Wash anything that comes into contact with the plant. People should wear rubber gloves when doing this.

  1. Cold compress

Cool, wet compresses can help to reduce itching and inflammation.

To make a compress, run a clean washcloth under cold water. Wring off excess water. Apply to the skin for 15 to 30 minutes. Repeat this several times a day as needed.

Some people find relief by soaking the compress in an astringent liquid to further reduce swelling and itching. Examples of astringent liquids include aluminum acetate, apple cider vinegar, and chilled black tea.

  1. Resist scratching the skin

Scratching the skin can lead to an infection. It may also cause blisters to burst, which may then become infected.

Blisters that do open should be left alone, as the skin covering the wound can provide protection and reduce the risk of infection. l23.7 allergic reaction soap note

Unscrubbed fingernails may also contain traces of urushiol, which can be transmitted to the skin through scratching. This can lead to further itching and a more severe poison ivy rash.

5. Topical lotions and creams

Several lotions that can help relieve the symptoms of a mild poison ivy rash are available without a prescription.

Hydrocortisone creams and calamine lotion are two products commonly used to reduce itching and swelling.

The FDA advise that products containing zinc acetate, zinc carbonate, and zinc oxide treat the oozing and weeping caused by poison ivy. Users should always apply these products as per the instructions on the label.

Aloe vera gel, taken from the aloe vera plant, is another soothing topical poison ivy remedy.

  1. Oatmeal bath

According to research, oatmeal has antioxidant and anti-inflammatory properties that benefit a variety of inflammatory skin conditions.

Adding oatmeal or an oatmeal-based product to a lukewarm bath is a simple poison ivy remedy. Soaking in the tub for up to 30 minutes may provide symptom relief.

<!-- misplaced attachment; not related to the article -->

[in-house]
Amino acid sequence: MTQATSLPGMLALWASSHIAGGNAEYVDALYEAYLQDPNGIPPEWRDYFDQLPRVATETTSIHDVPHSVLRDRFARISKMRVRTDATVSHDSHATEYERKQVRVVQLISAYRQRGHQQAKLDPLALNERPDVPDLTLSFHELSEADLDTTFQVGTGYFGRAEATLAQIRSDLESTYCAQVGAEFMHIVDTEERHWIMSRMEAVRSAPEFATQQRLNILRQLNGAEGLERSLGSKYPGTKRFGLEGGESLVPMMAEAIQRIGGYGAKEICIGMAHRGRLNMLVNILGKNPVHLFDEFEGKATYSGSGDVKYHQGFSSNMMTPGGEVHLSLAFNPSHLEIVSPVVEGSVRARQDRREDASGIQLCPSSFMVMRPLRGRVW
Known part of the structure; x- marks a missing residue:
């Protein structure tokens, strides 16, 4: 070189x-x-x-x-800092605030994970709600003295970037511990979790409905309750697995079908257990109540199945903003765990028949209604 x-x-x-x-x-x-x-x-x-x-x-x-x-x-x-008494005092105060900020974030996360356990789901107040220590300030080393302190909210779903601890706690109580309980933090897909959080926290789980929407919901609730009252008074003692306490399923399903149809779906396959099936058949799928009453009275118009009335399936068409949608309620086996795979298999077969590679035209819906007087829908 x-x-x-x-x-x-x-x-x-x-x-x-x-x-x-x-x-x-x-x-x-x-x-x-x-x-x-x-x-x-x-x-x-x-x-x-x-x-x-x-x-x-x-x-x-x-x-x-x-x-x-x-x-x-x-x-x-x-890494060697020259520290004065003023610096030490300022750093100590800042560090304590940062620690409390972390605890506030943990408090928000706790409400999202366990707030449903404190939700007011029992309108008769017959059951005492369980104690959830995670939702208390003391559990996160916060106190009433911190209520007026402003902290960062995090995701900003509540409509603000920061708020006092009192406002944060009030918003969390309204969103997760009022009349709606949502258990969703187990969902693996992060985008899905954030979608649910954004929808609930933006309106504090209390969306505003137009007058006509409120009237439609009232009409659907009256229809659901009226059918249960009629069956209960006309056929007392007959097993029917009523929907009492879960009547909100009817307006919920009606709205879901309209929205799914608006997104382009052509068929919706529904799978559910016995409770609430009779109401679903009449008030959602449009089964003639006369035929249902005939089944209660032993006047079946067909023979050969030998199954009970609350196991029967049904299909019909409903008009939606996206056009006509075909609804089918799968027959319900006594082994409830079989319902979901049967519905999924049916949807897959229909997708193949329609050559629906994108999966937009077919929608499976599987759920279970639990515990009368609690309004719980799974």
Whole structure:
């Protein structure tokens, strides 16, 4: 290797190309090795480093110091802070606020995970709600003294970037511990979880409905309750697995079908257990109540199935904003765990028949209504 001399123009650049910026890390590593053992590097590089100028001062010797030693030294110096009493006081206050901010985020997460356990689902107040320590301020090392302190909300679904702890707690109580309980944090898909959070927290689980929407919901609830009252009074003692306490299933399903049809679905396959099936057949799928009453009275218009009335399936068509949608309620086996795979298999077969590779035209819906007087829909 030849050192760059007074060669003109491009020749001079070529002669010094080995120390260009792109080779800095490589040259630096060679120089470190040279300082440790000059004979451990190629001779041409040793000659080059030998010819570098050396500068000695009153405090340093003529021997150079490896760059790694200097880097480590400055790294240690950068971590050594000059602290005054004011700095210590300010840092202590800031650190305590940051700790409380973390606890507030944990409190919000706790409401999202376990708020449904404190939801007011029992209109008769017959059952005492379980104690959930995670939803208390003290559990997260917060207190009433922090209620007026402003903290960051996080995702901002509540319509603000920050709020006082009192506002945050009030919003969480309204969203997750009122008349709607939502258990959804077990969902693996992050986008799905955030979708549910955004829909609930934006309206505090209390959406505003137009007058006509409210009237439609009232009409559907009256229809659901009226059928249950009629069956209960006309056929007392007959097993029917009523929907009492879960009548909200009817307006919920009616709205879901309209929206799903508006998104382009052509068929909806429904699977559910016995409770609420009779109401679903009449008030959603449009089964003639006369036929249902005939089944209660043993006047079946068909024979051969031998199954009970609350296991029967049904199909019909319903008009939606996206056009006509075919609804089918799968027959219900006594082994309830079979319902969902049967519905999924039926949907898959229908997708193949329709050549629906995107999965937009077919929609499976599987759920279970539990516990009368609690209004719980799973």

1. Bentonite clay

Bentonite clay is a popular natural clay used in a variety of beauty and personal care products.

Some people report relief from poison ivy rash after applying a paste of bentonite clay and water to the affected area.

Research suggests that using a modified version of bentonite clay (quaternium-18 bentonite) effectively prevents or reduces the allergic contact dermatitis caused by poison ivy and poison oak.

  1. Baking soda

Also known as sodium bicarbonate, baking soda is a salt that is mainly used in baking. However, it is also used as a natural cleaning agent and as a home remedy for various ailments.

Adding a cup of baking soda to the tub is recommended by the American Academy of Dermatology for relief from poison ivy rash.

Leonard, J. (2019). Poison ivy: Home remedies and how to recognize it. Retrieved from https://www.medicalnewstoday.com/articles/318059.php


OTC Pramoxine-Calamine medicated lotion. Apply to affected areas every 6 to 8 hours as needed.

Medication instructions and educatio9n for the pt.

Calamine is for external use only. Do not swallow it and do not use it on the eyes or mucous membranes such as the inside of the mouth, nose, genital (sex organs), or anal areas.

To use calamine lotion:

  • Shake the lotion well before using.
  • Moisten a pledget of cotton with the lotion.
  • Use the moistened pledget to apply the lotion to the affected skin area(s).
  • Allow the medicine to dry on the skin.
  • l23.7 allergic reaction soap note

WebMD. (2019). Calamine Medicated Topical : Uses, Side Effects, Interactions, Pictures, Warnings & Dosing. Retrieved from https://www.webmd.com/drugs/2/drug-20796/calamine-medicated-topical/details l23.7 allergic reaction soap note